Doctoral thesis

Time-of-day effect on adaptive immune responses and central nervous system autoimmunity

ContributorsBarnoud, Colineorcid
Number of pages230 p.
Imprimatur date2023
Defense date2023

Circadian rhythms are present in virtually all organisms and are evolutionarily conserved time-keeping mechanisms describing biological processes that oscillate in approximately 24-hour patterns. These rhythms are kept in synchrony by environmental cues and participate in the proper function of several physiological processes, among which are the innate and the adaptive immune system. Circadian rhythms are beneficial as they allow organisms to anticipate recurring events and to tune their behavioral response accordingly. With respect to immunity, these rhythms help the host to modulate its reactivity to times at which the probability of pathogen encounters may be highest. In addition, time-of-day-dependent activation of the immune system must be tightly controlled to trigger an efficient immune response without inducing side effects such as autoimmunity.

It is now widely accepted that time-of-day-dependent mechanisms can govern an acute immune response. However, we still do not understand why adaptive immune responses remain oscillatory over long periods of time. In the first part of this thesis, I demonstrate that the initial time of the challenge is key to shape the adaptive immune response for the ensuing several weeks. In particular, the time-of-day-dependent migration of dendritic cells generates oscillations in lymph node cellularity, which persists for weeks after the initial challenge and results in an increased likelihood of functional encounters between antigen-presenting dendritic cells and antigen-recognizing T cells. This is especially important in the context of immune responses to vaccination. Additionally, I show that rhythmic migration, activation, and function of different immune cells are required to create and maintain an efficient immune response over time.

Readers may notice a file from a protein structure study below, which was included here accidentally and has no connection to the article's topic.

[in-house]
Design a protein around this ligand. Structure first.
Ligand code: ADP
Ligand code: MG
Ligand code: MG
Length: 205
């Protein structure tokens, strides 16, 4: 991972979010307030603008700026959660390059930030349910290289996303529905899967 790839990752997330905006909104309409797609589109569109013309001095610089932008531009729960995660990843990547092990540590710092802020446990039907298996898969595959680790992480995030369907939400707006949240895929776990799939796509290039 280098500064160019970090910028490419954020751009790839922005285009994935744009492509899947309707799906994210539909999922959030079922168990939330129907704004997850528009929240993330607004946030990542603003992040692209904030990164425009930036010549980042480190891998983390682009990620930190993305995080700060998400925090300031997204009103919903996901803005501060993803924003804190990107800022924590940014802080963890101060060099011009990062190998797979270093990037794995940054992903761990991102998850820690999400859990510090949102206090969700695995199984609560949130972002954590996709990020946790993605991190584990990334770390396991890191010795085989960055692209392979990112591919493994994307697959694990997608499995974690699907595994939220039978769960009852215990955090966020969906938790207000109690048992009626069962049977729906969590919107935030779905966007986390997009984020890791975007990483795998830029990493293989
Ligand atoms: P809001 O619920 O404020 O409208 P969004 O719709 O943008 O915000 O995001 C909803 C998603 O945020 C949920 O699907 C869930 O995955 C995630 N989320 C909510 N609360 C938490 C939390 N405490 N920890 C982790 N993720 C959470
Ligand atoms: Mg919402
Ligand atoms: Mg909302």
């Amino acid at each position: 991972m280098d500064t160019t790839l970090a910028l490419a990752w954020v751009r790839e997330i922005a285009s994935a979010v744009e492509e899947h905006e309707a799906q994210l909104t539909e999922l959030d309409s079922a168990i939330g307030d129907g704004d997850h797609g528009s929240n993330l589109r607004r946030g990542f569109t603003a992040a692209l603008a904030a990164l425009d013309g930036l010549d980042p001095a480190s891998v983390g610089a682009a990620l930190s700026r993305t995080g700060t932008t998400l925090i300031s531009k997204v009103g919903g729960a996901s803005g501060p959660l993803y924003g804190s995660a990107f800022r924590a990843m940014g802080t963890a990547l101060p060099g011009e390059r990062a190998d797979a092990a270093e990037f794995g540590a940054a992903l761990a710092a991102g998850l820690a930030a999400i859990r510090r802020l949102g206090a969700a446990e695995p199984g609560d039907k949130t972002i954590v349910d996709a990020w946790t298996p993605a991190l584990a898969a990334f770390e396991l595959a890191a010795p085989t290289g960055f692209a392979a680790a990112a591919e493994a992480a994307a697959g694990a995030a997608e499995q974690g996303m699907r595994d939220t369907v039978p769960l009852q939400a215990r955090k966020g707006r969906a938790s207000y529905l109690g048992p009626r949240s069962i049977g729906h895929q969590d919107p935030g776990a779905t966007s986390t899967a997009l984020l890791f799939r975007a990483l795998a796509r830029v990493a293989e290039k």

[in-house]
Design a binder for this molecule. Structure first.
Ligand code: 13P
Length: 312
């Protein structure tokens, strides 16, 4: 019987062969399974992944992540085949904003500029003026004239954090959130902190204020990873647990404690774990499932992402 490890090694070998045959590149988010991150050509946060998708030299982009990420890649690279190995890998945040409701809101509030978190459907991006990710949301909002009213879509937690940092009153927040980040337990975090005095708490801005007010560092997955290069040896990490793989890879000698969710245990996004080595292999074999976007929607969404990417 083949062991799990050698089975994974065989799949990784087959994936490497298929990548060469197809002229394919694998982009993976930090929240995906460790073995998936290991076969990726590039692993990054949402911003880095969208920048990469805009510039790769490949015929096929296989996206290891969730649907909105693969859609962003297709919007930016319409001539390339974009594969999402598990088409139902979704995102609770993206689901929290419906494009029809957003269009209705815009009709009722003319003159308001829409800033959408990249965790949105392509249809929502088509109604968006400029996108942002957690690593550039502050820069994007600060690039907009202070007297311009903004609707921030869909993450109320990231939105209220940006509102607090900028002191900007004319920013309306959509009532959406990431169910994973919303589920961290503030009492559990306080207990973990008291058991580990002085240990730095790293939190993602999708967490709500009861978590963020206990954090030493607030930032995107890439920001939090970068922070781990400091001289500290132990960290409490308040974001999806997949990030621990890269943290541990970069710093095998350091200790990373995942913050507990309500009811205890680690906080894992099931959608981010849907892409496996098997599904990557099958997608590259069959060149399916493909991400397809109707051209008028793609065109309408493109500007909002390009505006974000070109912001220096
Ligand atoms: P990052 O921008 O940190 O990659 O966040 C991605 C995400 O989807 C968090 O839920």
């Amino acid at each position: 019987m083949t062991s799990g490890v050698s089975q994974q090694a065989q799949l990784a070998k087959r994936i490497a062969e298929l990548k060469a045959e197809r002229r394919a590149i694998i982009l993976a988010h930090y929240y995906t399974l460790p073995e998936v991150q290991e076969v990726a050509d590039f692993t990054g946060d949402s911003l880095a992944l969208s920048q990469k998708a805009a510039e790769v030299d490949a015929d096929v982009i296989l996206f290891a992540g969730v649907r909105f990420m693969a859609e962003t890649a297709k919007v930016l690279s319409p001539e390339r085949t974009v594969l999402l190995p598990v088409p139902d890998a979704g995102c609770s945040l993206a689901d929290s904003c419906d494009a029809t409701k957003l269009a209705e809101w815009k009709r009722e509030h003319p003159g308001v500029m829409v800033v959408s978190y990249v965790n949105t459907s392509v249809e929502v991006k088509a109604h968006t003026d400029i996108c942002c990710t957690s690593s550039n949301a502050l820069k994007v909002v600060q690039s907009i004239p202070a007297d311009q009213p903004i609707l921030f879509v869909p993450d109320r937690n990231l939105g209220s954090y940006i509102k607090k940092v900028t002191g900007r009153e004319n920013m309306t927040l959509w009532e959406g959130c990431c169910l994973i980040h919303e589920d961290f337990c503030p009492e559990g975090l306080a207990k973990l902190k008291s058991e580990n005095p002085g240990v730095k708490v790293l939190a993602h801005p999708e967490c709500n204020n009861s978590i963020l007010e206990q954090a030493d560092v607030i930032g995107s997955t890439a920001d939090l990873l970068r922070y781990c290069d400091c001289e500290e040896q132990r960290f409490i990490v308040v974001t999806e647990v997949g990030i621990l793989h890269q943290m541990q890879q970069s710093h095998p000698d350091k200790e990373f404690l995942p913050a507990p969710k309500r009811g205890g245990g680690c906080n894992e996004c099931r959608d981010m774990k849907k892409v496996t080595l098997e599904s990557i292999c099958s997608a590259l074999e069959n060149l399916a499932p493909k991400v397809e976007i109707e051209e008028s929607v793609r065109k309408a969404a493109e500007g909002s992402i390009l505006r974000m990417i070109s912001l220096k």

However, immune responses are not always beneficial as is the case for an immune response directed against self, which can lead to autoimmunity. The second part of the thesis aims to decipher to what extent circadian rhythms are contributing to the development of experimental autoimmune encephalomyelitis (EAE), the most common mouse model of multiple sclerosis (MS). Using this model, I show a time-of-day dependent infiltration of immune cells into the central nervous system (CNS) during EAE development that is independent of disease severity. Interestingly, I observe a substantial increase in blood circulating CD11b+Ly6G+ cells before the appearance of symptoms associated with a switch in their phenotype. Altogether, these data suggest a potential contribution of CD11b+Ly6G+ leukocytes to early disease. Analysis of the mRNA levels in the spinal cord of EAE animals reveal a time-of-day dependent expression of both Cxcl1 and Cxcl2 chemokines responsible for the migration of monocytes and neutrophils, respectively. This study suggests the importance of circadian oscillations in cell infiltration in the central nervous system, as well as the importance of CD11b+Ly6G+ leukocytes in EAE development and identifies these cells as potential early biomarkers for diagnosis purposes and new therapeutic targets in MS patients.

  • Circadian rhythms
  • Adaptive immunity
  • Autoimmunity
  • Vaccination
  • EAE
Citation (ISO format)
BARNOUD, Coline. Time-of-day effect on adaptive immune responses and central nervous system autoimmunity. 2023. doi: 10.13097/archive-ouverte/unige:168397
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